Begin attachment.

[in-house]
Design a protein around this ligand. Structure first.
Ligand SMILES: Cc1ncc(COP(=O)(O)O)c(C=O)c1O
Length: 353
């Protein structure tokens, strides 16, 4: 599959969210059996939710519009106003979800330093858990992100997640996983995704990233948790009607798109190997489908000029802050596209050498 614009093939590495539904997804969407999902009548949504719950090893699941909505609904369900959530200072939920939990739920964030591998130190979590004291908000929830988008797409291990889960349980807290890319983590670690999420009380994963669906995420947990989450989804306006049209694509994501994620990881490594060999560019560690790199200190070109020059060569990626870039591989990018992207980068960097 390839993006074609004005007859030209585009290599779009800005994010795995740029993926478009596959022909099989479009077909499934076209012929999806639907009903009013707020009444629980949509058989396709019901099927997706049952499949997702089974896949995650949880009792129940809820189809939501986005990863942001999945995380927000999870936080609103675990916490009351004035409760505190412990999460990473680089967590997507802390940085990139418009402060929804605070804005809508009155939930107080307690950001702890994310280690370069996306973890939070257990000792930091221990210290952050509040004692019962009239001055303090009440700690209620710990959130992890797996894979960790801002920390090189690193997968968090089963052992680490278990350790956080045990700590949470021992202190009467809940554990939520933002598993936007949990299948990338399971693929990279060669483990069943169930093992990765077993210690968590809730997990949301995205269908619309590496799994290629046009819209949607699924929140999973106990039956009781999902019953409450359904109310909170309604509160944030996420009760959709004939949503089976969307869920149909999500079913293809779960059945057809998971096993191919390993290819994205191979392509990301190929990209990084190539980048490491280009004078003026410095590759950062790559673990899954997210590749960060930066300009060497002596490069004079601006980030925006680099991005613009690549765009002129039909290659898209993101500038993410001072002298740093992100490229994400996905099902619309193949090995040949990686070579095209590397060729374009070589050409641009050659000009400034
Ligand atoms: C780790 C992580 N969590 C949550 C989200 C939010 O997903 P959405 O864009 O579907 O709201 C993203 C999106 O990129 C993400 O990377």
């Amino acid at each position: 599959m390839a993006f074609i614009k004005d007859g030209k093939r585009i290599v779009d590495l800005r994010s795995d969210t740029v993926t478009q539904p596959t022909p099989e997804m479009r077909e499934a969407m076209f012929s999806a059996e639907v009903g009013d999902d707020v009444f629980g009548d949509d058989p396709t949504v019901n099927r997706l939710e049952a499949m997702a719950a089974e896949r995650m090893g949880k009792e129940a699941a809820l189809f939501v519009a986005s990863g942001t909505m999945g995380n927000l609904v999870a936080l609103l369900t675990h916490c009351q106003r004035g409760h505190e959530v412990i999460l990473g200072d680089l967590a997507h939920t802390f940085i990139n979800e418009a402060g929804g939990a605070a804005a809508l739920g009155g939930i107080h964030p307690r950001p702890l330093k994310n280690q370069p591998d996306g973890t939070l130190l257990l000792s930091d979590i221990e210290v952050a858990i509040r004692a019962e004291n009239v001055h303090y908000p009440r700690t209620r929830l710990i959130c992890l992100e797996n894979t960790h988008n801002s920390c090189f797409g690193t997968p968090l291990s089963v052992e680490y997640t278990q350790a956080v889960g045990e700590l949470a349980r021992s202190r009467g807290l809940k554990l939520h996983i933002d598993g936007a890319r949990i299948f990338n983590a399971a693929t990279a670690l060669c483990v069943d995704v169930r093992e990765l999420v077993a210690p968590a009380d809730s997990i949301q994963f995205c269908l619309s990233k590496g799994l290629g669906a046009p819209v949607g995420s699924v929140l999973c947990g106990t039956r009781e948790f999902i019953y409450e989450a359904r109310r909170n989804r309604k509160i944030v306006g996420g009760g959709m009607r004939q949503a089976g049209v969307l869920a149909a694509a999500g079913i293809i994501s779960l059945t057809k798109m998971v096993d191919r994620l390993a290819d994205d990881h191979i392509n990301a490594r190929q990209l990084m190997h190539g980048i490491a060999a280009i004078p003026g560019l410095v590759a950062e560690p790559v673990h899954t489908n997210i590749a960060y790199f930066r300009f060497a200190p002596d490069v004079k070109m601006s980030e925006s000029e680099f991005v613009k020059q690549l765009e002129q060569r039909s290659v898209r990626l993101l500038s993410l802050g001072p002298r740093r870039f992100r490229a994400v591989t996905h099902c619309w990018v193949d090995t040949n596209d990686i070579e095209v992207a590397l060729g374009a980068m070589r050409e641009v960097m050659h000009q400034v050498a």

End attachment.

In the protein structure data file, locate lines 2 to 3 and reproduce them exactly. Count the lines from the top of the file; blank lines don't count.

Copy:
Design a protein around this ligand. Structure first.
Ligand SMILES: Cc1ncc(COP(=O)(O)O)c(C=O)c1O